- Smola-Hess S, Schnitzler R, Hadaschik D, Smola H, Mauch C, Krieg T, Pfister H: CD40L induces matrix-metalloproteinase-9 but not tissue inhibitor of metalloproteinases-1 in cervical carcinoma cells: imbalance between NF-kappaB and STAT3 activation. Exp Cell Res. 2001, 267: 205-215. 10.1006/excr.2001.5256.PubMedView ArticleGoogle Scholar
- Polette M, Nawrocki-Raby B, Gilles C, Clavel C, Birembaut P: Tumour invasion and matrix metalloproteinases. Crit Rev Oncol Hematol. 2004, 49: 179-186.PubMedView ArticleGoogle Scholar
- Hagedorn HG, Bachmeier BE, Nerlich AG: Synthesis and degradation of basement membranes and extracellular matrix and their regulation by TGF-beta in invasive carcinomas. Int J Oncol. 2001, 18: 669-681.PubMedGoogle Scholar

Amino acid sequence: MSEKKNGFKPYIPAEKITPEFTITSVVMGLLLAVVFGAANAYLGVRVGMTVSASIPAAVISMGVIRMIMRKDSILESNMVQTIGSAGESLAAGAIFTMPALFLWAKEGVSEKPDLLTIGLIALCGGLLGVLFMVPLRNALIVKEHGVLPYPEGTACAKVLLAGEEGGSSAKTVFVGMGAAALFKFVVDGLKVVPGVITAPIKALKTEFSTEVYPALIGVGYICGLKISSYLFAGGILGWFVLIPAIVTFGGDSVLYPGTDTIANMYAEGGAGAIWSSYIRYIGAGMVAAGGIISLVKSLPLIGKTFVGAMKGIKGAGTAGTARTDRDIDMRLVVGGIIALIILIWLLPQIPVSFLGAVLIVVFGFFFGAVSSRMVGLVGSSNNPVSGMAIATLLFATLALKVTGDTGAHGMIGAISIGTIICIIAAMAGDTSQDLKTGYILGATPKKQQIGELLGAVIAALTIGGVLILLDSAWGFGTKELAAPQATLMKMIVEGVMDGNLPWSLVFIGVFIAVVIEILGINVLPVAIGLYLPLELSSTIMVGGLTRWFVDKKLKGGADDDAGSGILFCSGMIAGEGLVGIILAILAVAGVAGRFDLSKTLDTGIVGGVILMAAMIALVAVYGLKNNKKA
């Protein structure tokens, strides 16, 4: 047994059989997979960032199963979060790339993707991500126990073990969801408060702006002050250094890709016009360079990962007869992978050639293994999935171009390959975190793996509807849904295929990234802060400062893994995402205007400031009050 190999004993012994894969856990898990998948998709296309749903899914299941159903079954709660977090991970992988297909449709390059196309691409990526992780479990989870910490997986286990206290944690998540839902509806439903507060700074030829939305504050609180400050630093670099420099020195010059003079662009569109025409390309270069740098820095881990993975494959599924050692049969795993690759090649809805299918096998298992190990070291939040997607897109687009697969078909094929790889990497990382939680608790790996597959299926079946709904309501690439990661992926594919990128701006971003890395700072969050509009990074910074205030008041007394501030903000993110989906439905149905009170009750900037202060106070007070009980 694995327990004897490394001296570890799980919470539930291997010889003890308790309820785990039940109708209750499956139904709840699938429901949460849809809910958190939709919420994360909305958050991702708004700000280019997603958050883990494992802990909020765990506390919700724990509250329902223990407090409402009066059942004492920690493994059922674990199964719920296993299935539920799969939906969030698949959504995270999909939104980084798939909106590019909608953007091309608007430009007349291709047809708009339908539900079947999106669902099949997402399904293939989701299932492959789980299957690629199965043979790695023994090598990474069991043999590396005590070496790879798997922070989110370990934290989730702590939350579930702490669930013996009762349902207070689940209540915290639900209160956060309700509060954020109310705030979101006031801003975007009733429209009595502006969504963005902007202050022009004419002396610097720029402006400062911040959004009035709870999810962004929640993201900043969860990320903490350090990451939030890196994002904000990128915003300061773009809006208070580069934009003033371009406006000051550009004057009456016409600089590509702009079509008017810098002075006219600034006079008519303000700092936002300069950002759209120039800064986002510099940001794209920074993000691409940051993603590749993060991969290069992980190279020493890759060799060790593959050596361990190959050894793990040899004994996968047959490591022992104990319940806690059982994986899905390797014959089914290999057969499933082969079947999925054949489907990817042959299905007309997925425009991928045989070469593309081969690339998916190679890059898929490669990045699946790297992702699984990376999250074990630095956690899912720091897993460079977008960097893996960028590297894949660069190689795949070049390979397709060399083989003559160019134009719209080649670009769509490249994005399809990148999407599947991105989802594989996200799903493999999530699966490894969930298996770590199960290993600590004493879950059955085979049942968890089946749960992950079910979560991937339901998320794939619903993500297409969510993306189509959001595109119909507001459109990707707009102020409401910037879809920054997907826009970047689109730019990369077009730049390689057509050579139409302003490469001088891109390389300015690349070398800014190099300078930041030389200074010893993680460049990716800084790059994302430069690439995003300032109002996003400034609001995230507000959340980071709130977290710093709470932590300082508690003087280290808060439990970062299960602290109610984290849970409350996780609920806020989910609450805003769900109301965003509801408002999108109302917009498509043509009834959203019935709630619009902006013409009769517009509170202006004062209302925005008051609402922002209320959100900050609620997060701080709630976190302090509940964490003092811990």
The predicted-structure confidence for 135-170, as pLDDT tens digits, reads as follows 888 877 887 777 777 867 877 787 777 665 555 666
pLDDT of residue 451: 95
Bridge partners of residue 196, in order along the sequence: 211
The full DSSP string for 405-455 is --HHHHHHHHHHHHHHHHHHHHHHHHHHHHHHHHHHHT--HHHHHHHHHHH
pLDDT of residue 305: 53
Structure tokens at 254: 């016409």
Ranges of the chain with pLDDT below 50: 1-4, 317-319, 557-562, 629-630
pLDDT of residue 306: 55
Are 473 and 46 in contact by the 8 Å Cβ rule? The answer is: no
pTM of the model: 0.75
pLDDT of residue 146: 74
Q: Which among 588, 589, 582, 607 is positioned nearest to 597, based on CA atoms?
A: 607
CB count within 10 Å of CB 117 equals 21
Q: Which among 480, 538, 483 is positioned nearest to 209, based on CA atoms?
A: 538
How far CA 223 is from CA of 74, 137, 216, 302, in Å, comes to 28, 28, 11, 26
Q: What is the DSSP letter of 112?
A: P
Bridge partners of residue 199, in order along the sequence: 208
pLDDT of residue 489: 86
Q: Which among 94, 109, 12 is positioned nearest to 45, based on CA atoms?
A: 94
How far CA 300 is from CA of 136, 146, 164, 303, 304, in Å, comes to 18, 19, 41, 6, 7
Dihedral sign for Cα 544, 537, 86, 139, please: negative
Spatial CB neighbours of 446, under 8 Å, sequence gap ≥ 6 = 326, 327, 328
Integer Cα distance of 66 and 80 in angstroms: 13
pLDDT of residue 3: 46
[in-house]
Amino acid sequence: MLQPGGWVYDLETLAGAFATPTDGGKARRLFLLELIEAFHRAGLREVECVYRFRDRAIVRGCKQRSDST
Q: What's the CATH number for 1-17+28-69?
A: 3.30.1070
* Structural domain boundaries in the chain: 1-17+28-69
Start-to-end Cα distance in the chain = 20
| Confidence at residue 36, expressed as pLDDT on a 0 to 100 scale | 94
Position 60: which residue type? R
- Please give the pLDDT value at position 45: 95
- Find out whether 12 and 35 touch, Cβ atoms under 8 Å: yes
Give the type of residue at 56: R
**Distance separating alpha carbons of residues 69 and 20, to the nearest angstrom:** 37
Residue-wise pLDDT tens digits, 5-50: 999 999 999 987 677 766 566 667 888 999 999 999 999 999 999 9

- Sanguineti G, Geara FB, Garden AS, Tucker SL, Ang KK, Morrison WH, Peters LJ: Carcinoma of the nasopharynx treated with radiotheraphy alone: determinants of local control. Int J Radiat Oncol Bio Phys. 1997, 37: 985-996. 10.1016/S0360-3016(97)00104-1.View ArticleGoogle Scholar
- Al-Sarraf M, LeBlanc M, Giri PG, Fu KK, Cooper J, Vuong T, Forastiere AA, Adams G, Sakr WA, Schuller DE, Ensley JF: Chemoradiotherapy versus radiotheraphy in patients with advanced nasopharyngeal cancer: phase III randomized Intergroup study 0099. J Clin Oncol. 1998, 16: 1310-137.PubMedGoogle Scholar
- Heng DM, Wee J, Fong KW, Lian LG, Sethi VK, Chua ET, Yang TL, Khoo Tan HS, Lee KS, Lee KM, Tan T, Chua EJ: Prognostic factors in 677 patients in Singapore with nondisseminated nasopharyngeal carcinoma. Cancer. 1999, 86: 1912-1920. 10.1002/(SICI)1097-0142(19991115)86:10<1912::AID-CNCR6>3.0.CO;2-S.PubMedView ArticleGoogle Scholar